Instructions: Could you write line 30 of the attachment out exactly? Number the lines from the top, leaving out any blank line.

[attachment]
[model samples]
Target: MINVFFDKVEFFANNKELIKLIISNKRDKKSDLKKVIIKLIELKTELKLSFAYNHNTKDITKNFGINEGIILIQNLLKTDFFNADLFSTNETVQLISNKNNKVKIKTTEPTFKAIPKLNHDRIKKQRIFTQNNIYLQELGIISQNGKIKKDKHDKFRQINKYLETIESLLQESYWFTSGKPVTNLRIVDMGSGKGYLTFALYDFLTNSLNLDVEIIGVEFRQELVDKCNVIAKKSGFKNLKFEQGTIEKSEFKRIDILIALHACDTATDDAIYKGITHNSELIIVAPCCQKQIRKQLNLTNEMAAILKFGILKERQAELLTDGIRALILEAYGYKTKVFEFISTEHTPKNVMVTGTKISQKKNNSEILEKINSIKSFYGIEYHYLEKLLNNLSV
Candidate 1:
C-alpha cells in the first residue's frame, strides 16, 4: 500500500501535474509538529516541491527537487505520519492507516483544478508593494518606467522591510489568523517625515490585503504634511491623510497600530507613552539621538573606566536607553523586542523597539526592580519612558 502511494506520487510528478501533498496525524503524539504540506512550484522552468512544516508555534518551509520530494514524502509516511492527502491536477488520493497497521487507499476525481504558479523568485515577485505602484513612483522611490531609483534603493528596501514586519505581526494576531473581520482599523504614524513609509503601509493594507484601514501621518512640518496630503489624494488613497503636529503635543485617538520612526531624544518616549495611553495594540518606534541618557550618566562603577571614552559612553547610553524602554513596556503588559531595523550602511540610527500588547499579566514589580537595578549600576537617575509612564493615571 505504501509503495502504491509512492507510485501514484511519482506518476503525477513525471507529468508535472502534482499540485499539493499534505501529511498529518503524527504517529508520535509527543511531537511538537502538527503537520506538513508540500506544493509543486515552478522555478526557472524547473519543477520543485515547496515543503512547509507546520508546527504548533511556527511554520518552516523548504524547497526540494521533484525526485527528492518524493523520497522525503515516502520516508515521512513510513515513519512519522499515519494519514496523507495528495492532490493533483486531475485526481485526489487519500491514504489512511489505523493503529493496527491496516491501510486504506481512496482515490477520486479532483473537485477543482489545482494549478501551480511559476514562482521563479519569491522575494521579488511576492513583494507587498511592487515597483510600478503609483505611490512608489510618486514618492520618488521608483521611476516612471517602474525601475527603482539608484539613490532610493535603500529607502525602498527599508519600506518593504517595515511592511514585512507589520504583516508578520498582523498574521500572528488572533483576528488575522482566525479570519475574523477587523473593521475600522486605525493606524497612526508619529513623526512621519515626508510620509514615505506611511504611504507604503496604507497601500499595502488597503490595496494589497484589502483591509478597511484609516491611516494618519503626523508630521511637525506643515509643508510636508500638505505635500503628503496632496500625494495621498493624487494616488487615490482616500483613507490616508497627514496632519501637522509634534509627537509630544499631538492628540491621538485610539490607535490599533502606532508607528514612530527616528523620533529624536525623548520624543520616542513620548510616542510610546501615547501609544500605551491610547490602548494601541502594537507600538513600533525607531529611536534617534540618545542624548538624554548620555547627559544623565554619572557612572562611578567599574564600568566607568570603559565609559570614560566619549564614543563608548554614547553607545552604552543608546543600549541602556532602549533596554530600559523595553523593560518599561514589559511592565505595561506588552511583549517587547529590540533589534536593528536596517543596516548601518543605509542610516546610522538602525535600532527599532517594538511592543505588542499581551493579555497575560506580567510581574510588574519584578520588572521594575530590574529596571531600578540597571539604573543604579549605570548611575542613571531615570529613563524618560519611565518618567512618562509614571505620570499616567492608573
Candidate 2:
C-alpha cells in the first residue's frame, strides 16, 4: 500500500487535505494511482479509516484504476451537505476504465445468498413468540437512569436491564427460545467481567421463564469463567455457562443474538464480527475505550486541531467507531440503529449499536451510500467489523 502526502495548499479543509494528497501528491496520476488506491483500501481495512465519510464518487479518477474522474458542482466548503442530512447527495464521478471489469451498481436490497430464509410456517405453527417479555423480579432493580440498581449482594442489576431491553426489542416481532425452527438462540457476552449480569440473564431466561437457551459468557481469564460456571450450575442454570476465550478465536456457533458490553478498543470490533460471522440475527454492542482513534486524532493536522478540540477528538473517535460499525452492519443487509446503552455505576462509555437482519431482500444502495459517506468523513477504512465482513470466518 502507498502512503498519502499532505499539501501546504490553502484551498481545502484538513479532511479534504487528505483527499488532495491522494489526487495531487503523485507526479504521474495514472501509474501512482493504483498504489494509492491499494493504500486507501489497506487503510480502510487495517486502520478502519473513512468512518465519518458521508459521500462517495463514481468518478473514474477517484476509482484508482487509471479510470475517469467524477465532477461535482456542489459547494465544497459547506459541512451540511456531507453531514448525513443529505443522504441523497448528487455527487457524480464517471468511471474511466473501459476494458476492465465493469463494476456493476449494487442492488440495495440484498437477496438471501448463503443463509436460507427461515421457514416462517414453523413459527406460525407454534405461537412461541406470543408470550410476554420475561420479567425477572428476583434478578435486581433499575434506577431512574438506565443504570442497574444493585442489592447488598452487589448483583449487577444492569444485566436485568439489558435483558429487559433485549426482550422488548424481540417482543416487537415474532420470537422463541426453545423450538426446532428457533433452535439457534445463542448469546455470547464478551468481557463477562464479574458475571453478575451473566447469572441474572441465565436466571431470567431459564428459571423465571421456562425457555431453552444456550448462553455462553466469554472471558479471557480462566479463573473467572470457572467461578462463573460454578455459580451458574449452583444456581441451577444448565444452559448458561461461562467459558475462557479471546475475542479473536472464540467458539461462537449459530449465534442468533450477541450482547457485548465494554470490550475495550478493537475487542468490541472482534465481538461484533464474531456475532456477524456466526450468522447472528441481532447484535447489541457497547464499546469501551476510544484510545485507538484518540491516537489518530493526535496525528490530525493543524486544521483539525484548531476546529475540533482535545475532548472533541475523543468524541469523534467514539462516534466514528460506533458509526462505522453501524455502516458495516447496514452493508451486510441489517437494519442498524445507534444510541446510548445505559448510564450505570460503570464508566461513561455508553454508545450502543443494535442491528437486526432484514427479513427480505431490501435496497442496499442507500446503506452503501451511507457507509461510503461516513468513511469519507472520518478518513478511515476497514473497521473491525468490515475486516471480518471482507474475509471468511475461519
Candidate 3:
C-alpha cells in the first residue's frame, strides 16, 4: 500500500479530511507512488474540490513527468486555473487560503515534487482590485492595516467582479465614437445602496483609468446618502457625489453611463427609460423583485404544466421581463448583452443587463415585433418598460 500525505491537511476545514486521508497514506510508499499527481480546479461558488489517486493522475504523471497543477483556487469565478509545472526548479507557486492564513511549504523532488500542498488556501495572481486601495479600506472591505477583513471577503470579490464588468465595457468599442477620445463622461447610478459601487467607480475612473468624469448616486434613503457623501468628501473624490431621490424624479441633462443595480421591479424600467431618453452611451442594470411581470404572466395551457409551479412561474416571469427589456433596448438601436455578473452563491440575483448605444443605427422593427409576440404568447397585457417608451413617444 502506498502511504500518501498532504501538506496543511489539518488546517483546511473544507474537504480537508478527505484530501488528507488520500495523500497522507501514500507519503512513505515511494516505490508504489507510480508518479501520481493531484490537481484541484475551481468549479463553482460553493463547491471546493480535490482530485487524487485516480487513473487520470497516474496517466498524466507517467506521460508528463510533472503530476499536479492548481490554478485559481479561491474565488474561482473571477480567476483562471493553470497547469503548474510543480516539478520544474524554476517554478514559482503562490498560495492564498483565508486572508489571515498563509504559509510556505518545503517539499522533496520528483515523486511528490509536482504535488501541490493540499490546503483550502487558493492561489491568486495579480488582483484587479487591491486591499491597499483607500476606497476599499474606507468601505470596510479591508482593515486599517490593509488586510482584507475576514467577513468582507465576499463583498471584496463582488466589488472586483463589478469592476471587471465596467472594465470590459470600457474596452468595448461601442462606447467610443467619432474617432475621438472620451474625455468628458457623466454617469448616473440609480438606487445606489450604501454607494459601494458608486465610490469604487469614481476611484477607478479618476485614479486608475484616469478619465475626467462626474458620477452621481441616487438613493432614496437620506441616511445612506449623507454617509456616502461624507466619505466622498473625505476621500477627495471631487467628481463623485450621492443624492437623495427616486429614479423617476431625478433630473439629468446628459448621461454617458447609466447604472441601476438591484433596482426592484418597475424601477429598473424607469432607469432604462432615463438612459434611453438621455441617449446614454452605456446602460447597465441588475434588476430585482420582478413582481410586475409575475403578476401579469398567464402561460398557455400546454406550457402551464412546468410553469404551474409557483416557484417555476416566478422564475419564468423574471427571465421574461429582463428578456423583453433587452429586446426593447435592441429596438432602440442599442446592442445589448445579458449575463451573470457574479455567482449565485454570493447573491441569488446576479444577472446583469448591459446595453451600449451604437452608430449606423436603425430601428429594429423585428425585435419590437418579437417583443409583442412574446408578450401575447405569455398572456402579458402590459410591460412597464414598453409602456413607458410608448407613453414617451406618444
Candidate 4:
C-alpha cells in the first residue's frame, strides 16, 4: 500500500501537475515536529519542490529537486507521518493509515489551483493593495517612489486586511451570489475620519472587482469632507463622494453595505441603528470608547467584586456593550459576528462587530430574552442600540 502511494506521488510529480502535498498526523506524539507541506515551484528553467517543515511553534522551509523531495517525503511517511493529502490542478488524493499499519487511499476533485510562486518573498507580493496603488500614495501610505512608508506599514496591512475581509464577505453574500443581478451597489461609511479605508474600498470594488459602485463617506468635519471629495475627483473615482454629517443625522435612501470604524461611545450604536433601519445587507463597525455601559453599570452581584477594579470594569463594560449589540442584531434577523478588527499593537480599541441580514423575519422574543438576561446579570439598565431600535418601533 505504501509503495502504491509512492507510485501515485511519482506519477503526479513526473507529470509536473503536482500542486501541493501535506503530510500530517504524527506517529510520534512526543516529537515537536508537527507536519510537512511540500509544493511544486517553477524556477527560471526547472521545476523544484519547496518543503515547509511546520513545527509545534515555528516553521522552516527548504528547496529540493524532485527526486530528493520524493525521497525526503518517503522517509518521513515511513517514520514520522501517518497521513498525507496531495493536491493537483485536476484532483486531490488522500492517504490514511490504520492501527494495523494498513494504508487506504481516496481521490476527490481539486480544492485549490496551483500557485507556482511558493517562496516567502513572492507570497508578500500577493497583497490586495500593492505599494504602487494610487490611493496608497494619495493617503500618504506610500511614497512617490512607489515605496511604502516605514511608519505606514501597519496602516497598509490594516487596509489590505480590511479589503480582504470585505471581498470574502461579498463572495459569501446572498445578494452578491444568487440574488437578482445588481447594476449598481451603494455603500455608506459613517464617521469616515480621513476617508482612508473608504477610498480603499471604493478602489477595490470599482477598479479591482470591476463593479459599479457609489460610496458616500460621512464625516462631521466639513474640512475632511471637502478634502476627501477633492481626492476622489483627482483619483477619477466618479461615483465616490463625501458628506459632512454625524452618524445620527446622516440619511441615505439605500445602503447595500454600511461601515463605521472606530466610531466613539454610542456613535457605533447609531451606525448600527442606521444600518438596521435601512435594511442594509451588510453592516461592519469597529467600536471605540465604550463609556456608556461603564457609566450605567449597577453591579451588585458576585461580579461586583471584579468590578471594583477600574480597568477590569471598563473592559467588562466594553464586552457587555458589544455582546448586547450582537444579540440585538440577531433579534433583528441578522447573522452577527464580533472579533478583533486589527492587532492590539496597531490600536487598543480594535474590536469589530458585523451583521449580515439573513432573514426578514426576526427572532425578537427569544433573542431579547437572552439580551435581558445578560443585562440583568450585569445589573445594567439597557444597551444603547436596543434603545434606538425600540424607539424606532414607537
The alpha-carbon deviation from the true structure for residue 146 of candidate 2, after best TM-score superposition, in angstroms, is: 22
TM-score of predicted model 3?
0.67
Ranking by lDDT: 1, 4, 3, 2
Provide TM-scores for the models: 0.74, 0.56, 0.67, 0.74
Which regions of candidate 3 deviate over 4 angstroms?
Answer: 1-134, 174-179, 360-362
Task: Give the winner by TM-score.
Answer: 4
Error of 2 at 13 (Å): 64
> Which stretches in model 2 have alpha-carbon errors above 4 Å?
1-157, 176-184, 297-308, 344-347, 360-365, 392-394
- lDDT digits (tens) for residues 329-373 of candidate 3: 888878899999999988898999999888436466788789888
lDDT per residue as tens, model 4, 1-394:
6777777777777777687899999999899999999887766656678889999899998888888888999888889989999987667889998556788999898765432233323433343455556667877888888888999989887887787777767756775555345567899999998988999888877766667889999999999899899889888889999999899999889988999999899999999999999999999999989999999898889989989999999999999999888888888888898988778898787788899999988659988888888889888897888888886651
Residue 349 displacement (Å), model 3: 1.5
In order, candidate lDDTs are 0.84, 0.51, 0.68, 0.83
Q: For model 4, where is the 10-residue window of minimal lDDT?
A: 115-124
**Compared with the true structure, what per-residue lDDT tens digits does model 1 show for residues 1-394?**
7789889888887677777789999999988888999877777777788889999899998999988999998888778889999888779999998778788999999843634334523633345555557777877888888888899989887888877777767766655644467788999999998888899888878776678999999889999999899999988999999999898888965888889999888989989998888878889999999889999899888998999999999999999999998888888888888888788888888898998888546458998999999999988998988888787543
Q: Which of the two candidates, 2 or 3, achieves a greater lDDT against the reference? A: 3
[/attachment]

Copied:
**Compared with the true structure, what per-residue lDDT tens digits does model 1 show for residues 1-394?**